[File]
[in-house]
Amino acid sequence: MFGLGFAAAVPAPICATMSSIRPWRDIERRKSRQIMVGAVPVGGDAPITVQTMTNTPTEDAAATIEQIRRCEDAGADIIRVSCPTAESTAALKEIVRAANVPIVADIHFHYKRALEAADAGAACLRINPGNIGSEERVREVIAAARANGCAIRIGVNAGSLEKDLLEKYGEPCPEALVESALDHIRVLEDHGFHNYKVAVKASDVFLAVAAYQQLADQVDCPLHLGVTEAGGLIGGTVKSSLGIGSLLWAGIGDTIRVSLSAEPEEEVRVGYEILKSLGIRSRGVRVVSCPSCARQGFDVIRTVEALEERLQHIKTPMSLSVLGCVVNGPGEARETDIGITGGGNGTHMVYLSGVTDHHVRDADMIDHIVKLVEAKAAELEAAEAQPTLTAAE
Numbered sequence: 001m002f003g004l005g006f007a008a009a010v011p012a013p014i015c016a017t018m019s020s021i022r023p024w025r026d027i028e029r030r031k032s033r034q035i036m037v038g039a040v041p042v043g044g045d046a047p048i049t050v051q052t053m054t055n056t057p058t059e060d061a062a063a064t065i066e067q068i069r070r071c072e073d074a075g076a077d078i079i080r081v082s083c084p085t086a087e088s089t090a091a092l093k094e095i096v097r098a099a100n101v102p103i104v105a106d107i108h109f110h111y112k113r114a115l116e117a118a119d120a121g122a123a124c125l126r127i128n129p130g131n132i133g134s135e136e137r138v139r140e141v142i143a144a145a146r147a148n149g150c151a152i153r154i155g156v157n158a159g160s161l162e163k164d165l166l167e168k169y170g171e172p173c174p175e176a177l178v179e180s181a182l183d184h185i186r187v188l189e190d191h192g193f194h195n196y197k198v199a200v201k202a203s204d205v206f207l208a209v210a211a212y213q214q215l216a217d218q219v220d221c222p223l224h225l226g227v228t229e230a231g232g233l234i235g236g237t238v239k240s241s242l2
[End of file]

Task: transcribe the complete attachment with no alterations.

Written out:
[in-house]
Amino acid sequence: MFGLGFAAAVPAPICATMSSIRPWRDIERRKSRQIMVGAVPVGGDAPITVQTMTNTPTEDAAATIEQIRRCEDAGADIIRVSCPTAESTAALKEIVRAANVPIVADIHFHYKRALEAADAGAACLRINPGNIGSEERVREVIAAARANGCAIRIGVNAGSLEKDLLEKYGEPCPEALVESALDHIRVLEDHGFHNYKVAVKASDVFLAVAAYQQLADQVDCPLHLGVTEAGGLIGGTVKSSLGIGSLLWAGIGDTIRVSLSAEPEEEVRVGYEILKSLGIRSRGVRVVSCPSCARQGFDVIRTVEALEERLQHIKTPMSLSVLGCVVNGPGEARETDIGITGGGNGTHMVYLSGVTDHHVRDADMIDHIVKLVEAKAAELEAAEAQPTLTAAE
Numbered sequence: 001m002f003g004l005g006f007a008a009a010v011p012a013p014i015c016a017t018m019s020s021i022r023p024w025r026d027i028e029r030r031k032s033r034q035i036m037v038g039a040v041p042v043g044g045d046a047p048i049t050v051q052t053m054t055n056t057p058t059e060d061a062a063a064t065i066e067q068i069r070r071c072e073d074a075g076a077d078i079i080r081v082s083c084p085t086a087e088s089t090a091a092l093k094e095i096v097r098a099a100n101v102p103i104v105a106d107i108h109f110h111y112k113r114a115l116e117a118a119d120a121g122a123a124c125l126r127i128n129p130g131n132i133g134s135e136e137r138v139r140e141v142i143a144a145a146r147a148n149g150c151a152i153r154i155g156v157n158a159g160s161l162e163k164d165l166l167e168k169y170g171e172p173c174p175e176a177l178v179e180s181a182l183d184h185i186r187v188l189e190d191h192g193f194h195n196y197k198v199a200v201k202a203s204d205v206f207l208a209v210a211a212y213q214q215l216a217d218q219v220d221c222p223l224h225l226g227v228t229e230a231g232g233l234i235g236g237t238v239k240s241s242l2